You stopped being a promoter for several years. You were going to become a lawyer. Instead, you got a degree in management and ran an advertising agency.
I got married and I thought I needed more stability in my life. I thought I'd finish my undergrad (degree) and go to law school. I got a job working for a judge who referred me to a law firm. I then got a job working in the litigation department of a law firm as I applied to law school.
But you were promoting shows again after a few months?
I got bored. I just could not get [promoting concerts] out of my system. On a lunch break, I walked by the Newark Symphony Hall and I went in. A union house? Yes. What's the rent? Seating? I called a buddy at William Morris who hooked me up with a Take 6 date. By the time they played Newark they had broken nationally with their [self-titled debut] album. The show sold out. My wife looked at me and said, "So are you back in the business?" I said, "No no no. I am just doing this for fun." I was bored to tears with the law stuff. But I got a Bachelor's Degree in Management from Pace University [in Westchester County, New York] while working at the law firm.
Didn't you manage an advertising agency for a while?
A friend of mine owned a pharmaceutical advertising agency called Calandrillo & Associates (now Metaphor). They had some nice accounts. I took care of the administrative side, paid the bills, and did the financial projections. On key client presentations, I would put on a suit and go. I still had a pony tail but I had that kind of education to run a business.
When did you go over to the "dark side" of being a booking agent with Sean LaRoche?
Sean and I hatched this plan in 1992 to start an agency. He suggested we do a folk music agency. I would do anything to get back in the business so even this sounded appealing to me, as stupid as it really was.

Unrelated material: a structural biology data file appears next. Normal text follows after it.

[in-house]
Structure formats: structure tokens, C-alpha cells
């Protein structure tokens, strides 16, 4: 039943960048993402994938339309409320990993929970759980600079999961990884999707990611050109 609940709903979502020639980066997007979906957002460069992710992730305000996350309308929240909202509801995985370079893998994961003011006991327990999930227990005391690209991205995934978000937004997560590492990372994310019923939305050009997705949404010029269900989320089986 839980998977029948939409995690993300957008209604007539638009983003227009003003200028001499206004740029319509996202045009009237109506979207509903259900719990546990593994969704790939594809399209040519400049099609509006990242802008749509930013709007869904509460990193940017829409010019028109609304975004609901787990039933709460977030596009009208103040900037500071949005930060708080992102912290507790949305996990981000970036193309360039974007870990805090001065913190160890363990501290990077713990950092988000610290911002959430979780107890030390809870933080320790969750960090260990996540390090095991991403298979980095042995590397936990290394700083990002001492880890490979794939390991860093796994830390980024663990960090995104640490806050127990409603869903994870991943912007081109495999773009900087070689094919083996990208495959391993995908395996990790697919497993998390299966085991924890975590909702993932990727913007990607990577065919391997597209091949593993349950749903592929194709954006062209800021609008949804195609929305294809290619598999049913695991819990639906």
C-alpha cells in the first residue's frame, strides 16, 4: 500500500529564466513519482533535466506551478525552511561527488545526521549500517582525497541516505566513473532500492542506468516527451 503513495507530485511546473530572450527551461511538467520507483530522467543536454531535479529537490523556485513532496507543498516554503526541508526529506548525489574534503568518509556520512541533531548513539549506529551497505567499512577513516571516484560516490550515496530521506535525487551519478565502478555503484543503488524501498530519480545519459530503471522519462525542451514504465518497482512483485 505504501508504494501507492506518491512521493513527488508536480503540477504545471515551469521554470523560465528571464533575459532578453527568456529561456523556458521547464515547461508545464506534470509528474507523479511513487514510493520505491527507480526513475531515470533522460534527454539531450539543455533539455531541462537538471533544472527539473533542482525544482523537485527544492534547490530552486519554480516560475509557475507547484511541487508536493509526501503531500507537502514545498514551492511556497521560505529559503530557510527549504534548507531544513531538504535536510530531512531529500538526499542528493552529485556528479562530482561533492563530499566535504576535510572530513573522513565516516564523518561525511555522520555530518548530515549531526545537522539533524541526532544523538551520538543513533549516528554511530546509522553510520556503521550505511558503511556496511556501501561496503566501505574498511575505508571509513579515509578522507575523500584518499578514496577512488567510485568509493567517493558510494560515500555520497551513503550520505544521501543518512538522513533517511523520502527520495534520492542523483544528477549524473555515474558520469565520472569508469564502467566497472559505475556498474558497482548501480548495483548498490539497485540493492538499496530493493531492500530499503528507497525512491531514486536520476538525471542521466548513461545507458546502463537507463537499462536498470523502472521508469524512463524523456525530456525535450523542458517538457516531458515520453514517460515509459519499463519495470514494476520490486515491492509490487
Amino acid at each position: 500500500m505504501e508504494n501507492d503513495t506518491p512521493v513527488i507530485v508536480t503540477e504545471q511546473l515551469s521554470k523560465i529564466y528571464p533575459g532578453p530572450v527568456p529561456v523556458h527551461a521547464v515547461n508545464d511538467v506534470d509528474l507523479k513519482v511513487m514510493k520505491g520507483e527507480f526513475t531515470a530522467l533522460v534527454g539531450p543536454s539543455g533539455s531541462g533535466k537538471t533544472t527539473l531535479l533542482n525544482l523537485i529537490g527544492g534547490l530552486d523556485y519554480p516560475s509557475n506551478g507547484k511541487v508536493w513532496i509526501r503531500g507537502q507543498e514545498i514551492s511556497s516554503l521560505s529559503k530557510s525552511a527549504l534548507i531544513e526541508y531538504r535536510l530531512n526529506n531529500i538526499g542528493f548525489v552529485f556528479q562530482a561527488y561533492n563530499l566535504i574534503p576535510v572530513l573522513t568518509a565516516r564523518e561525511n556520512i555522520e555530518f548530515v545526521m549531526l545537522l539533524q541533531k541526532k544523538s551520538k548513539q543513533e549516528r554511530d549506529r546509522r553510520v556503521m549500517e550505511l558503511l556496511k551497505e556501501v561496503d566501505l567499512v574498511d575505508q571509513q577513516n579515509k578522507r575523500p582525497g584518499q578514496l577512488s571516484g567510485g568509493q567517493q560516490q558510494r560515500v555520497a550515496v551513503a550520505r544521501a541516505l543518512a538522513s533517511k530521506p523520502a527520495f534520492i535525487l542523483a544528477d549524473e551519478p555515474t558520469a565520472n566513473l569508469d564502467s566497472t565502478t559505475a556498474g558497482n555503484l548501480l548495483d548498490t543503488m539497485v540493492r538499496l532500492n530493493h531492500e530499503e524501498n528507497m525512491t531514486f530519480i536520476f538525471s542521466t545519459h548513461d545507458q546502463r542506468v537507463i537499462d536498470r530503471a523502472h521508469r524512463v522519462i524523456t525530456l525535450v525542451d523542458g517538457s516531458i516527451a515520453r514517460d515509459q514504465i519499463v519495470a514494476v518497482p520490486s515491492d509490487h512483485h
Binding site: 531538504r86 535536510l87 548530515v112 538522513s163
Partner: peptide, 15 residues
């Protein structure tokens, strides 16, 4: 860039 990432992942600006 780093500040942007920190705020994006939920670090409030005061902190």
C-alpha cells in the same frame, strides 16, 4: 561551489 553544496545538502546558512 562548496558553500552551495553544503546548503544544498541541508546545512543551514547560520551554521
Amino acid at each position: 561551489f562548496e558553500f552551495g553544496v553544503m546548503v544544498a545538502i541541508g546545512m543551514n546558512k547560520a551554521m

Because you can't make money in folk music. Also I had never been an agent before. Sean came from Premier Talent with all of their rock stuff. He knew folk because he was a fan.
What kind of research did you do?
Sean gave me folk music tapes to listen to, including (singer/songwriter) Greg Brown. I liked all of the stuff he was sending. I also listened to some music shows on WNEW-FM, like Pete Fornatale's "Mixed Bag" program and Vince Scelsa who used to play a lot of folk. I always liked folk. But folk music to me was Tom Paxton and that kind of stuff. I was a guy who would put on Led Zeppelin and then play the Byrds next.
So we picked up a couple of folk artists and started booking them. We started with Tony Bird and we worked closely with Rounder Records. We had Vance Gilbert and the Burns Sisters, all on Rounder. At one point we had eight acts, five of them were from Rounder. The agency was kinda built on a singer/songwriter model.
You continued as Drake and Associates after Sean left to join Fleming Tamulevich & Associates in 1995.
I did it all by myself as Drake and Associates. I wasn't taking a salary. My wife was working. I was determined to do this; I was so damn stubborn. I stuck it out. This was a time when you booked a singer/songwriter for $300 or $400, and you took $50 as commission.
What kind of folk circuit was there then?
To Jim Fleming and Dave Tamulevich's credit, they had carved out a touring circuit (for folk acts). There was a Great Lakes swing, a north east swing, a south east swing and the west coast run. Then some mountain state dates that were a bit scattered.
Most folk acts in the '90s didn't receive airplay on U.S. radio other than with National Public Radio.
But soon after triple A [adult album alternative radio] emerged as a radio format and these artists started getting airplay. There was definitely a folk and singer/songwriter upswing. People like Dar Williams and Martin Sexton started to come into their own. Business improved and I took on a couple of agents. Then 10 years ago when we were adopting a baby girl, I thought to myself "I have to stop running this as a non-profit agency. I have a responsibility now." I let a couple of people go and I pursued Richie Havens and Janis Ian for representation.
Why those two?
I felt comfortable with both of them and I thought they could make money. They aren't really folkies. They each have one foot in folk and one foot in the commercial side (of the music business). We did good things for both of them. Richie is still with me, but Janis left after eight years.
Jane Siberry was the first act you signed who had a deal with a major label?